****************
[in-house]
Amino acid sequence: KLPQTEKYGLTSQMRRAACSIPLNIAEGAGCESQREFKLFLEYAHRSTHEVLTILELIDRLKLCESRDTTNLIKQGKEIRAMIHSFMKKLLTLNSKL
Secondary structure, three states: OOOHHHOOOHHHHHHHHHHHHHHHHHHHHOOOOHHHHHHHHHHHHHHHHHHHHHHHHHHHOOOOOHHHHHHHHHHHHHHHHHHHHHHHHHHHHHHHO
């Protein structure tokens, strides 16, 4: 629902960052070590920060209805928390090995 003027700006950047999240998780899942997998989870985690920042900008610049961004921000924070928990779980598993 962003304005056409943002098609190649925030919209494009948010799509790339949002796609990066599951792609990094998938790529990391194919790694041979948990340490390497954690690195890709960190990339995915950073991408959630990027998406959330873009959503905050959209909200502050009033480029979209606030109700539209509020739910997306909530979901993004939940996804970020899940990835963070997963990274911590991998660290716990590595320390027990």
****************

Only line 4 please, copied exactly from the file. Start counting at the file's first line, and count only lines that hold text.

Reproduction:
């Protein structure tokens, strides 16, 4: 629902960052070590920060209805928390090995 003027700006950047999240998780899942997998989870985690920042900008610049961004921000924070928990779980598993 962003304005056409943002098609190649925030919209494009948010799509790339949002796609990066599951792609990094998938790529990391194919790694041979948990340490390497954690690195890709960190990339995915950073991408959630990027998406959330873009959503905050959209909200502050009033480029979209606030109700539209509020739910997306909530979901993004939940996804970020899940990835963070997963990274911590991998660290716990590595320390027990």